The riots that hit London in 2011 sparked a national debate about social disengagement, especially among young people. The London Evening Standard did a considerable amount of investigative work in the year after the riots, highlighting youth unemployment as a particularly acute challenge.
For many media companies, such an investigation into a social ill would have been an end in itself. However, since it became a free newspaper in 2009, with a current daily circulation of 900,000, the Evening Standard recognised it has a responsibility not only to identify the problems of the city we serve, but also to tackle them if we can.
When it came to employment, we concluded that there was excessive focus on graduate level opportunities and that too few firms were taking the time to understand the value of potential employees who hadn’t, for a variety of reasons, been to university.
Towards the end of 2012, we teamed up with City Gateway, a social enterprise based in East London, which helps young people find and prepare for formal apprenticeship opportunities.
Our aim was to highlight the paucity of chances for non-graduates, show the world how much ability such young people could bring to the table, and ultimately encourage employers to open up new apprenticeship schemes that would be beneficial to all.
Every campaign the Standard has run in recent years has been something of a gamble; you simply never know how it will be received. But with our “Ladder for London” campaign, we set ourselves an ambitious target – to open up 1,000 new apprenticeships.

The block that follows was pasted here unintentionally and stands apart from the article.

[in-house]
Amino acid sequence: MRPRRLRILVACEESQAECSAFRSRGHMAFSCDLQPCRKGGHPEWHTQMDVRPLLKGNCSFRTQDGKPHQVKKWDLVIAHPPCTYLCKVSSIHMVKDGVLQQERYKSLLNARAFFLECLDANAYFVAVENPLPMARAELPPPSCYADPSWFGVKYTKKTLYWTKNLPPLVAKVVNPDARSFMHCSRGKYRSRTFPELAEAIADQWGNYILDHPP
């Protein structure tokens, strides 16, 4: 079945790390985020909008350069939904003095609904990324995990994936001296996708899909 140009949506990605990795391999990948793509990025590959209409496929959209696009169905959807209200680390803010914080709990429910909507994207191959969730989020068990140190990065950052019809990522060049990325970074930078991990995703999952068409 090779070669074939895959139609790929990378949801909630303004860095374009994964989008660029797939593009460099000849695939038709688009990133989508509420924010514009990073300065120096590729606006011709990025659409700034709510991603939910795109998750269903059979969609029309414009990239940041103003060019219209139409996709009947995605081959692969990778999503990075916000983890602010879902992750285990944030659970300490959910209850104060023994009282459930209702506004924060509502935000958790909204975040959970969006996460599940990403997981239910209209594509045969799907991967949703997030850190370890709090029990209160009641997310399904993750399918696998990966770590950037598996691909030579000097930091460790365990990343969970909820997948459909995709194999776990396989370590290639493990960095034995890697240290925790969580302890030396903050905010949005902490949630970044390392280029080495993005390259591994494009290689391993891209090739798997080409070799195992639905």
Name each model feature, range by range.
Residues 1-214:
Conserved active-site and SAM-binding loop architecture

Getting “Ladder for London” off the ground was no easy feat. The strong partnership we developed with City Gateway (and subsequently with other apprentice providers based at Further Education colleges around London) was crucial to the success of the scheme.
Later, we also added blue-collar apprenticeships to the mix by linking up with Peabody Trust and a consortium of 20 builders in the construction sector.
And what success there was! The response from the public and the business sector was incredibly positive. The fact that so many youngsters got in touch, keen to find out more, demonstrated clearly that our campaign’s primary motivation was well founded.
As offers of new apprenticeships started to roll in, these young adults were matched to the available placements. We regularly kept the front page free to feature the wonderful stories generated by the initiative, keeping readers interested and engaged with our campaign.
More coverage also meant more employers wanting to come on board, which in turn meant more opportunities for young people, many of whom had struggled for years to find companies willing to give them a break.
Politicians lined up to praise our campaign, and HRH Prince Andrew agreed to become its patron. By the end of December 2013, more than 1,270 apprenticeships had been made available.
“Ladder for London” could not, of course, provide a complete solution to the problem of youth unemployment. But aside from providing real and lasting opportunities for individuals, it inspired a much wider political debate and raised the profile of apprenticeships.
And the idea has caught on, which is perhaps the most significant marker of its success. With luck, there will soon be a “Ladder for Leeds,” a “Ladder for Liverpool,” and myriad “Ladders” elsewhere.